Morning Report: The great ridesharing boom continues, despite a complete dearth of profits.
The funds are notable for their scale—any round that starts with a “b” is going to cause wave—and their source. Google is taking part, putting $100 million or so into in the deal.
Google famously invested in Uber back in 2013, far before the companies became enemies locked in expensive litigation. Now, it is backing an Uber rival. (For a far more expansive list of the various investments, partnerships, and the like in the ridehailing space, head here.)
Notably, the company is paying for the round in flesh. The $1.2 billion round is worth a huge chunk of Go-Jek, according to TechCrunch:
We understand the investment gives Go-Jek a valuation that is a touch above the $3 billion that Tencent agreed to invest at last year.
Ouch. That will leave a mark.
Regardless, there’s now even more money in ridehailing than ever before, at least from a money-in perspective. Uber, one of the two leading global companies in the space, lost billions last year and is working on a path to profitability so it can approach the public markets.
Go-Jek, on the other hand, is about to have a huge new wave of cash at its disposal. Who needs to go public?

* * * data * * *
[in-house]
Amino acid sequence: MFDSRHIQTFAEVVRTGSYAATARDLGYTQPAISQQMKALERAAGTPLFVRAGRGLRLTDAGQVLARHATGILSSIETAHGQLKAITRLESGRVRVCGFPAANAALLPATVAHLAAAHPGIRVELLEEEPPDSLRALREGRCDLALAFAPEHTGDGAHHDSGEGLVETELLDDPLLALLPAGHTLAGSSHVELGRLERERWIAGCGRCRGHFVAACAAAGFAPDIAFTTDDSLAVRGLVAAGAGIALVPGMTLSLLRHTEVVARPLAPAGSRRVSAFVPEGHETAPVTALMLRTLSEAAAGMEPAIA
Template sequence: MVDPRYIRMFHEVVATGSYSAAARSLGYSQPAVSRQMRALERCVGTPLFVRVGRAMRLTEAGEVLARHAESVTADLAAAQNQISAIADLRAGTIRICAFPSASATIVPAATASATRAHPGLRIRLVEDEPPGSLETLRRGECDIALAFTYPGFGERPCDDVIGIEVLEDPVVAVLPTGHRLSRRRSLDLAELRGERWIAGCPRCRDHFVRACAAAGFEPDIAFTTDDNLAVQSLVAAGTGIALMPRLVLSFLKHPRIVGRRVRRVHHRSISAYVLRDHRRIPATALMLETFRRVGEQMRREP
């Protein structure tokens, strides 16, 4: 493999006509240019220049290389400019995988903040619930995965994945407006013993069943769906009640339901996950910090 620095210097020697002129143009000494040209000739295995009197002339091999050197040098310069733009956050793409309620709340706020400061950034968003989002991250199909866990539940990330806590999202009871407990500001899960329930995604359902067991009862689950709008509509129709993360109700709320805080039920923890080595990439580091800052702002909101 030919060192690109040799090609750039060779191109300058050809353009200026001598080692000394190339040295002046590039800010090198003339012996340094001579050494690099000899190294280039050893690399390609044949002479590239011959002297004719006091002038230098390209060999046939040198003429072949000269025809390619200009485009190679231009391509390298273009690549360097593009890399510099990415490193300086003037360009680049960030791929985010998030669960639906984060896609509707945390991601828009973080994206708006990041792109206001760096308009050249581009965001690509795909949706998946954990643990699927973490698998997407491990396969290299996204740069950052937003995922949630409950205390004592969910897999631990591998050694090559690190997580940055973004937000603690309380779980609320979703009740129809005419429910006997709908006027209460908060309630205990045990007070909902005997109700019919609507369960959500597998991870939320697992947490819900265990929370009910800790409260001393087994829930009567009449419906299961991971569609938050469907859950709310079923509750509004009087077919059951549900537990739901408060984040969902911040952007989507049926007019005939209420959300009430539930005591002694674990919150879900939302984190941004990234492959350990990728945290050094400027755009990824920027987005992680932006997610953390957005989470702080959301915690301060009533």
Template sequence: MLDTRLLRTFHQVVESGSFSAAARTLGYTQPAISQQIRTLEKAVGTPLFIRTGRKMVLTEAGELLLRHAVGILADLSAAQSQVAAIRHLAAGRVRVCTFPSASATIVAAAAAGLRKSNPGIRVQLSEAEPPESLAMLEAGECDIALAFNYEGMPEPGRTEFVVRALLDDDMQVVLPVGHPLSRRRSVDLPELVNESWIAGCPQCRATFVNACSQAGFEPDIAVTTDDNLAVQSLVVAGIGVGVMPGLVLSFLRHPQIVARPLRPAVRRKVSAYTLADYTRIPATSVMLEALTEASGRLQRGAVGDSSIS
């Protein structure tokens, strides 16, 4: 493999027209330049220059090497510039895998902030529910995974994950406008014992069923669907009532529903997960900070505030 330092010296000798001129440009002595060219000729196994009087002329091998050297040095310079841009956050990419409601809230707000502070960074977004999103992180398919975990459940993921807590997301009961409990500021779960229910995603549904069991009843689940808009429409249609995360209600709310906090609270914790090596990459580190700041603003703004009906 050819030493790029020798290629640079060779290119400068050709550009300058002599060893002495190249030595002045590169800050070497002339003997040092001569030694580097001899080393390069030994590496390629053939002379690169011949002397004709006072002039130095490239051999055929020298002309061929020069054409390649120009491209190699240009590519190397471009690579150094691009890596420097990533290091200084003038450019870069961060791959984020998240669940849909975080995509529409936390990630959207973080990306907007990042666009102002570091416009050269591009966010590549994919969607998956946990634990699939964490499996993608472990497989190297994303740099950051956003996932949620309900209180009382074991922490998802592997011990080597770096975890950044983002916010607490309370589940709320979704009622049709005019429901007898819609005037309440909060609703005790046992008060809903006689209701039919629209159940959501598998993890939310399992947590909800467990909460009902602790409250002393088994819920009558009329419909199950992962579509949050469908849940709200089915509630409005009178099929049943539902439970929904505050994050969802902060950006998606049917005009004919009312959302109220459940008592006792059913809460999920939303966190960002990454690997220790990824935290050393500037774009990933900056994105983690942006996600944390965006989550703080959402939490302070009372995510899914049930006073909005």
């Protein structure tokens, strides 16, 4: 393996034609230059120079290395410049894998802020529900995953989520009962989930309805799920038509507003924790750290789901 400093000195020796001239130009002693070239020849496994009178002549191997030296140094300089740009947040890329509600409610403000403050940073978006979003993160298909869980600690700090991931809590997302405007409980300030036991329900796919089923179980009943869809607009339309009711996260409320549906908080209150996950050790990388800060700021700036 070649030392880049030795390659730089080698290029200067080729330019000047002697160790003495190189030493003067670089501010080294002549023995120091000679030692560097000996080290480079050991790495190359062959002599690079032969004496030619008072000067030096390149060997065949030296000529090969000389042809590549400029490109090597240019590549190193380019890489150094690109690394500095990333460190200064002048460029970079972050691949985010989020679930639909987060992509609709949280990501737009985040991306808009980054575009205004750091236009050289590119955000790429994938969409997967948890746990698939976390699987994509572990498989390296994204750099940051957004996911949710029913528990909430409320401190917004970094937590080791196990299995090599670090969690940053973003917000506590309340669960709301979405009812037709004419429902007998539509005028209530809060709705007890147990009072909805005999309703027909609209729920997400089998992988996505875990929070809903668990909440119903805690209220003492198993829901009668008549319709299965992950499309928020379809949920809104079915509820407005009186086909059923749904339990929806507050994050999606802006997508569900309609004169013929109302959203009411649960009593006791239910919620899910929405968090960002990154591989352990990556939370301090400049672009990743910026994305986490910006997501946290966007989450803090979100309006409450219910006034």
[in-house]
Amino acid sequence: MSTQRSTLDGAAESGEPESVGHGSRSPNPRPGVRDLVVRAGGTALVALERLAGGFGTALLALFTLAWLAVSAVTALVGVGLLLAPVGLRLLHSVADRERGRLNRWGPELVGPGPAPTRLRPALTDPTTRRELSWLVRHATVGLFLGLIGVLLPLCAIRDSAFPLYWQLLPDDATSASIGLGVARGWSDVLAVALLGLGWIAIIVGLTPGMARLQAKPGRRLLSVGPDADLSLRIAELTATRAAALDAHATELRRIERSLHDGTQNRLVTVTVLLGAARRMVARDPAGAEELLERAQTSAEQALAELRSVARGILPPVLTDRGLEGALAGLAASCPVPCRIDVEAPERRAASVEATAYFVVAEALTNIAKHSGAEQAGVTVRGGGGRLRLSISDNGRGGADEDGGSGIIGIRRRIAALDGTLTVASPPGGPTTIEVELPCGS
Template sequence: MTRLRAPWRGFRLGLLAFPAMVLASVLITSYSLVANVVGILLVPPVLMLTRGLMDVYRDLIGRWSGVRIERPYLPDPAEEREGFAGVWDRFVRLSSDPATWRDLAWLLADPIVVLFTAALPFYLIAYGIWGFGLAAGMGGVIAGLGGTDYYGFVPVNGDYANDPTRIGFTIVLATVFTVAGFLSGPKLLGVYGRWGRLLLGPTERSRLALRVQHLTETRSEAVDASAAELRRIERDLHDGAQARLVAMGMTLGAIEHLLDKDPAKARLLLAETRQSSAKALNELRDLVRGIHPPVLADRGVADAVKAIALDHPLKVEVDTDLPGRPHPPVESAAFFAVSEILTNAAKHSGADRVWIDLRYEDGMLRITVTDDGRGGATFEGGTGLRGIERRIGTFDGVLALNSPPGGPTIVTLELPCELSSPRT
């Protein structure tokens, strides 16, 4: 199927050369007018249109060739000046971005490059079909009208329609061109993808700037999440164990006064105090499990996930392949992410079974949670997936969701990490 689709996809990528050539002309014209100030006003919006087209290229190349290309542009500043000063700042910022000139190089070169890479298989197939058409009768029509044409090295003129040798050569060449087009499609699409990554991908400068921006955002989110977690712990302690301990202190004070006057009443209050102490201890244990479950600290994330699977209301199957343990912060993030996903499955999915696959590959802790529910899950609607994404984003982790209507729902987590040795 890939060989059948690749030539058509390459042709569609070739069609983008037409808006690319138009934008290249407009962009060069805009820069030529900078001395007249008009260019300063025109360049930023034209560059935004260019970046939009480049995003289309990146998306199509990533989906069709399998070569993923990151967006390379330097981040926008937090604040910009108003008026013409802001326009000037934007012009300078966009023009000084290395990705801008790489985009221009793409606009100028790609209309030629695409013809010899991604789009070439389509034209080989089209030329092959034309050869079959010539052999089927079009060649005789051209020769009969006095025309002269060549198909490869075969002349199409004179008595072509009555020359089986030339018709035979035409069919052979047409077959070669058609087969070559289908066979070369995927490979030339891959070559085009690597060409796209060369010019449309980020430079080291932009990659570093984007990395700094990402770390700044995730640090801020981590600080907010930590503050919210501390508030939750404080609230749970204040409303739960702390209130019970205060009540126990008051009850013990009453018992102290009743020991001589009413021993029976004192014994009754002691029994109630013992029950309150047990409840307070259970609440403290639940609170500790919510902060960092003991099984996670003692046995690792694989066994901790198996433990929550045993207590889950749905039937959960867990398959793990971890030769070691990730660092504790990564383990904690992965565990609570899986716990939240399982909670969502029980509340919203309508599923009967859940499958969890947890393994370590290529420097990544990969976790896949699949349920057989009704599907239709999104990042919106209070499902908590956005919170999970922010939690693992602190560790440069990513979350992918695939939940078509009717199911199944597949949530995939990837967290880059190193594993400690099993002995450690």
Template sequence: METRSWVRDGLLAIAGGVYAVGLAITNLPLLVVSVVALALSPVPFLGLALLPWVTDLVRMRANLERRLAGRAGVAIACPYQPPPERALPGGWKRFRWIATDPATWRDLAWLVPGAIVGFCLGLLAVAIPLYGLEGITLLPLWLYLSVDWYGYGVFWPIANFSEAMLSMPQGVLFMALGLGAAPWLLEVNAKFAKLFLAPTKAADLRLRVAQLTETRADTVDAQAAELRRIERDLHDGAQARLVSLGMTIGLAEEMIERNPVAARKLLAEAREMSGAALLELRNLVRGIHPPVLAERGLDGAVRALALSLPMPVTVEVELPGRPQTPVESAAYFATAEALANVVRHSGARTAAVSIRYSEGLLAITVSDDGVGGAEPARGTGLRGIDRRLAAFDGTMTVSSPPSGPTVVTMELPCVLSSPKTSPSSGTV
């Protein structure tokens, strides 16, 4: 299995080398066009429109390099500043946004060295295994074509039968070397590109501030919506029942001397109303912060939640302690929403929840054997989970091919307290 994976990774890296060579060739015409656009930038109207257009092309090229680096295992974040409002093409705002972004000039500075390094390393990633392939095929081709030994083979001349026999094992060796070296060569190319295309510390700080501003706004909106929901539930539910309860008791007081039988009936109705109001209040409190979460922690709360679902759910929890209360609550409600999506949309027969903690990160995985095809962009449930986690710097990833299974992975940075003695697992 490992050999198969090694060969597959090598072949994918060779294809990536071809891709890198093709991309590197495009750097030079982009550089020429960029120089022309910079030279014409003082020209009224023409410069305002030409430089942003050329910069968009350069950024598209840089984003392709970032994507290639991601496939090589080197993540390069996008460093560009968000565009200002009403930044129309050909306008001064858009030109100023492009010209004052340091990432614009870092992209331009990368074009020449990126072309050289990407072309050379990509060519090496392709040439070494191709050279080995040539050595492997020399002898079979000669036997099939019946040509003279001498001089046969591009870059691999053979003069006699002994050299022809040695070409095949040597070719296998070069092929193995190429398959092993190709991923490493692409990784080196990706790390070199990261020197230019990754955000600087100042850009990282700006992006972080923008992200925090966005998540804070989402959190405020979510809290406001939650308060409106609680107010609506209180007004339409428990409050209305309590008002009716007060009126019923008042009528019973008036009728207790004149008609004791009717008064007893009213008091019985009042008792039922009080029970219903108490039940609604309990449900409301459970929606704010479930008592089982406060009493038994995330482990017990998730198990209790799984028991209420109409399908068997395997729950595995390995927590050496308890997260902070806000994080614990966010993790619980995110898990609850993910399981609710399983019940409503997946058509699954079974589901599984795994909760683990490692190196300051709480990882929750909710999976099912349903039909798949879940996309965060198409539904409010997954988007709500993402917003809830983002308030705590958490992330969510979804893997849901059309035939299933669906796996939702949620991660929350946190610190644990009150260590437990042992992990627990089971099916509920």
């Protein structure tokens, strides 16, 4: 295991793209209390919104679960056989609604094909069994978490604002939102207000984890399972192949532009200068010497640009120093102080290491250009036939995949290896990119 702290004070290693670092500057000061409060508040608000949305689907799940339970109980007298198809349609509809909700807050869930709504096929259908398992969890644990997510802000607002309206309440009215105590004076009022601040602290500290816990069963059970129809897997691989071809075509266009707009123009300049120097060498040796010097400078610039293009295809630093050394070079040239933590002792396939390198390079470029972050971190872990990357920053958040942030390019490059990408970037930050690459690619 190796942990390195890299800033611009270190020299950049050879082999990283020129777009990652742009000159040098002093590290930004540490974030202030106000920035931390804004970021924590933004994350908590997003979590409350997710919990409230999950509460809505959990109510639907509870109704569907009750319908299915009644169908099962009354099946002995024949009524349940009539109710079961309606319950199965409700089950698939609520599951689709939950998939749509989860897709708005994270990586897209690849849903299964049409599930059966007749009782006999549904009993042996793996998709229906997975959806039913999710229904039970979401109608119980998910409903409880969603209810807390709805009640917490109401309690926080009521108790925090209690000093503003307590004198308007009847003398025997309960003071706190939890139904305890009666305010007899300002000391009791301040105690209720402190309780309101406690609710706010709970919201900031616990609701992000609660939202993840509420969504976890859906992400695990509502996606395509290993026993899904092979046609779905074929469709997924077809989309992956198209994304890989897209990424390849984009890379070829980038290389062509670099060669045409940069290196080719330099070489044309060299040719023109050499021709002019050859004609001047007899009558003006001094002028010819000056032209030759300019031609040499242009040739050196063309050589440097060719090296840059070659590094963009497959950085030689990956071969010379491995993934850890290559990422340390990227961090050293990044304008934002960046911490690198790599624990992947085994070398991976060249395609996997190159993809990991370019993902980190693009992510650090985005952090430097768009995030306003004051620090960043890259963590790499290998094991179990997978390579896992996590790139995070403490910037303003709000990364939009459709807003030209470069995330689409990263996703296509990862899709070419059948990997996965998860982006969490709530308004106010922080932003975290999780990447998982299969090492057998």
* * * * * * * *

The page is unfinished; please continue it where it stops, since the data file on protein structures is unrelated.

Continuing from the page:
From The Crunchbase Daily:
- Apple will make a one-time US tax payment of about $38 billion and repatriate most of the estimated $252 billion in cash it currently holds overseas. The company said it plans to invest $30 billion in capital expenditures in the US in the next five years, open a new campus, and create over 20,000 new jobs.
- After 19 years as a private company, online polling provider SurveyMonkey is reportedly planning an IPO. The Silicon Valley company has raised more than $1.1 billion in venture and growth financing to date, with annual revenues believed to well exceed $200 million.
- Indonesia-based ride-hailing app Go-Jek is reportedly raising capital from Google, Singapore’s Temasek and China’s Meituan-Dianping as part of a $1.2 billion fundraising round to help compete with heavily funded rivals Grab and Uber.
- VCs seem to think it’s still early innings in the current life sciences cycle. Though tech may dominate the headlines in startup-land, it’s bio and healthcare that are seeing record influxes of capital, Crunchbase News reports.